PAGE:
Wednesday, 9 October 2019
My name is Tracy Ross and I am a Professional Organiser. I set up Blissfully Organised eight years ago to support my clients to simplify their home management and make better use of the space that they have.
I am often asked how clutter affects our brains and the positive benefits of decluttering. I wanted to share with you my thoughts. I hope that you find it useful.
Where do we learn our organisation skills?
The way we organise the space in our homes is individual to each person, but a well organised home will save you time, save you money and reduce stress levels. Often when I am with a client they will say oh I got that from my Mum. We may adopt the same organisational traits as our parents or sometimes we rebel against those and do things differently. For example, if you grow up in a busy home you might prefer to create a calmer environment in your own home. Alternatively, if your parents were very organised and didn’t hold onto items (maybe they disposed of a favourite toy when you were little) you may now feel a stronger sentimental attachment to the things that you own.
Why do we hold onto things?
Since I started Blissfully Organised 7 years ago I have found that there are some key reasons why people hold onto the things that they have.
1. I might need it one day
2. Strong sentimental attachment to items that they have inherited or been offered as a gift from special family/friends
3. It was expensive. You may have treated yourself to an expensive pair of shoes or jacket that you no longer wear but want to hold onto
4. Books/crafting materials I will read it or make it one day
Why is it difficult to let things go?
The more that you are emotionally attached or financially committed to an item the more you feel that you need to keep it. We attach a value to each new item coming into our home making it harder for you to give them up.
Does Clutter Really Affect Your Mind?
Clutter can play a significant role in how we feel about our homes workplaces and ourselves. Messy homes or workspaces can leave us feeling anxious and overwhelmed. Each person’s perception of clutter is unique to them. All my clients have different things in their home that are important to them and need to be managed. I work with them to create easy home management systems that will reduce clutter. Your home should be a place where you can relax away from the chaos of day to day life. If clutter can build up it will have an impact on your mind.
Visible clutter or chaotic storage cupboards in your home or work environment bombards your mind with excessive messages and creates chaotic signals. It can affect you in one or more of the following ways:
1. Clutter distracts us by drawing our attention away from where our focus should be
2. Clutter makes it more difficult to relax, both physically and mentally
3. Clutter creates visual reminders of everything that needs to be done
4. Clutter creates feelings of guilt (I should be more organised) and embarrassment (I don’t want people to see the chaos in my home)
5. Clutter frustrates us by preventing us from locating what we need quickly e.g. paperwork, car keys etc.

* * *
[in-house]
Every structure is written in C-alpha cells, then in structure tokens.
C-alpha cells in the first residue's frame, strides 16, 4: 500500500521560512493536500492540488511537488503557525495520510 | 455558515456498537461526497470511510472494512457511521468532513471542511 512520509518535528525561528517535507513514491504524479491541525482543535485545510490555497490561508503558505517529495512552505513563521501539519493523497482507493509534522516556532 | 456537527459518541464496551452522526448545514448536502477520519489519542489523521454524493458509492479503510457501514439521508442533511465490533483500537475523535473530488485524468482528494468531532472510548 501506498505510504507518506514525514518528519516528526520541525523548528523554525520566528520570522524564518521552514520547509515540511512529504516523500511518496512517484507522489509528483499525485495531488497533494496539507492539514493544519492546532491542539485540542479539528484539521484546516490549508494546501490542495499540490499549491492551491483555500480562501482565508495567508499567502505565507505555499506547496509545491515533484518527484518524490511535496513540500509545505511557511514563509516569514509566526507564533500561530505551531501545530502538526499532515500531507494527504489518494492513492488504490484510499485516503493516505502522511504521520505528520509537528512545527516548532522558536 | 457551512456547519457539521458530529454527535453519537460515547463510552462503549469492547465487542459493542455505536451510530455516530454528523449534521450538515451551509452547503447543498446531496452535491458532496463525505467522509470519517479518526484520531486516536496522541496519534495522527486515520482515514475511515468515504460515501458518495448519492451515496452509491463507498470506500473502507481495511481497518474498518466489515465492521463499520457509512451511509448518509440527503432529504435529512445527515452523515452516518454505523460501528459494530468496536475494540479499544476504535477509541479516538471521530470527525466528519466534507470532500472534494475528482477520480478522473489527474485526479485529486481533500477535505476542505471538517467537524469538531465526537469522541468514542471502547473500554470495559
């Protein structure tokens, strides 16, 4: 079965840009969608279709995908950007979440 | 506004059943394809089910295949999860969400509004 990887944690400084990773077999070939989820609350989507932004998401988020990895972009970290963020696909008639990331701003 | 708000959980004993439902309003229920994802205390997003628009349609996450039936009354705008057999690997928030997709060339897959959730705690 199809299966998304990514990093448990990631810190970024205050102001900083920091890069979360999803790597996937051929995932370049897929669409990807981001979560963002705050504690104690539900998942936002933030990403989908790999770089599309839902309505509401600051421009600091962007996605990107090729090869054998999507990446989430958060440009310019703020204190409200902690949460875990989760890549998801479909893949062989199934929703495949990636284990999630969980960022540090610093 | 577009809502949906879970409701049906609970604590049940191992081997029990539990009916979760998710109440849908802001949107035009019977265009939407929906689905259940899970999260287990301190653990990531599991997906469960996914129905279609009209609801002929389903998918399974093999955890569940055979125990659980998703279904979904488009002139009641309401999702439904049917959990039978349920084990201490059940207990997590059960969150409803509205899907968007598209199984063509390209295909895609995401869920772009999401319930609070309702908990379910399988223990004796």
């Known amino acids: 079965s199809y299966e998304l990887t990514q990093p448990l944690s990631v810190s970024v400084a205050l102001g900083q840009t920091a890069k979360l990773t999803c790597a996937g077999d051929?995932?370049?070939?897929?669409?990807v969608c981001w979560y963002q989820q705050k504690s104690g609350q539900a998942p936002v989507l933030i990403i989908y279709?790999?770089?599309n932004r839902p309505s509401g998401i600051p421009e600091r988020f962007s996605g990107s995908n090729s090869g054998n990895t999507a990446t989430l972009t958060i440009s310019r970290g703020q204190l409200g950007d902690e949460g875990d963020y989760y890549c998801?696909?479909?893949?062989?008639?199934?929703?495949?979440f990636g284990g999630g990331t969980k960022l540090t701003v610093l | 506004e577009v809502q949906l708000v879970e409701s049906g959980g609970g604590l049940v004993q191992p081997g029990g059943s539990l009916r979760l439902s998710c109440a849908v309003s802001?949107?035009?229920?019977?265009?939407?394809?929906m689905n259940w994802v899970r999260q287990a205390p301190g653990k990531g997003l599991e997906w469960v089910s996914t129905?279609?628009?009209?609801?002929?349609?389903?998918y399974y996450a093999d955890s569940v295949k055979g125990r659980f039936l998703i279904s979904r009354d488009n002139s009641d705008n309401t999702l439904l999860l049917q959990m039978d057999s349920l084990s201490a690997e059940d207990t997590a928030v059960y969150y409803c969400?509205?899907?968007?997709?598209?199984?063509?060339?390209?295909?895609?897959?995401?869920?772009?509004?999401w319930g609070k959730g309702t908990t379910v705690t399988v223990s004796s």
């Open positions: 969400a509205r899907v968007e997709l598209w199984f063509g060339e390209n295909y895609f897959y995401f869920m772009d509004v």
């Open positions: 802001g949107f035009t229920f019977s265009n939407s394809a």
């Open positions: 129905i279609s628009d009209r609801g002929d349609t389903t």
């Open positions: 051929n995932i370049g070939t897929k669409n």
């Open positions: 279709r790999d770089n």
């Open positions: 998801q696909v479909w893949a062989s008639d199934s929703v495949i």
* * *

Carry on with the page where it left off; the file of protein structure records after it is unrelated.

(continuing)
6. Managing clutter takes more time (i.e. looking for misplaced items or preparing for guests to arrive) and costs more (the cost of replacing items and purchasing duplicate can add up, incurring late fees or not getting the best rate on your utilities or investments)
Clutter isn’t just physical clutter. Digital clutter has the same impact on your mind as physical clutter i.e. managing the files on your computer, managing your digital photos on various gadgets, responding to and managing emails, social media alerts, App updates etc. Anything that beeps for your attention will impact your ability to focus and perform tasks.
How can reduce the Clutter in My Home?
1. Start with one area at a time and finish decluttering that area before moving onto the nest space. This will give you a sense of achievement. I am always there to support you if you need non-judgemental support with any specific area
2. Create designated spaces for frequently used items and supplies. So that you can quickly and easily find what you need when you need it.
3. If you don’t use it, don’t want it or don’t need it get rid of it. You can recycle or donate items that are still usable.
4. The items that you use less frequently should be stored in less accessible places i.e. loft, garage, utility room. When you put things in the garage/loft add a date and keep an electronic list. If you have not accessed, it within a year you probably don’t need it.
5. When you take something out of its designated storage space put it back when you have finished using it. It takes practice to begin with but if you have a designated space for everything that you need it is much easier.
6. Be aware of what you and other people bring into your home. Don’t let papers pile up. Think about the journey of all papers entering your home/workspace. You need to create an arrival space for all incoming papers. I usually recommend a shallow in-tray. Then spend 15 minutes each day sorting through what needs to be actioned, items to recycle and those can that be filed away. Get into the habit of immediately recycling papers that you don’t need right now. If you want to find out the information you can do this very easily. i.e. flyers, menus newspapers etc
7. Mental clutter -focus on one project at a time without distractions of mobile social media etc
I offer a confidential and non-judgemental service to support my clients to declutter and organise their homes. I provide the emotional support, practical help and motivation to help you achieve your goals, step-by-step. To find out how I can help you tame the chaos and set up easy to manage systems to maintain a clutter free environment please contact me at firstname.lastname@example.org.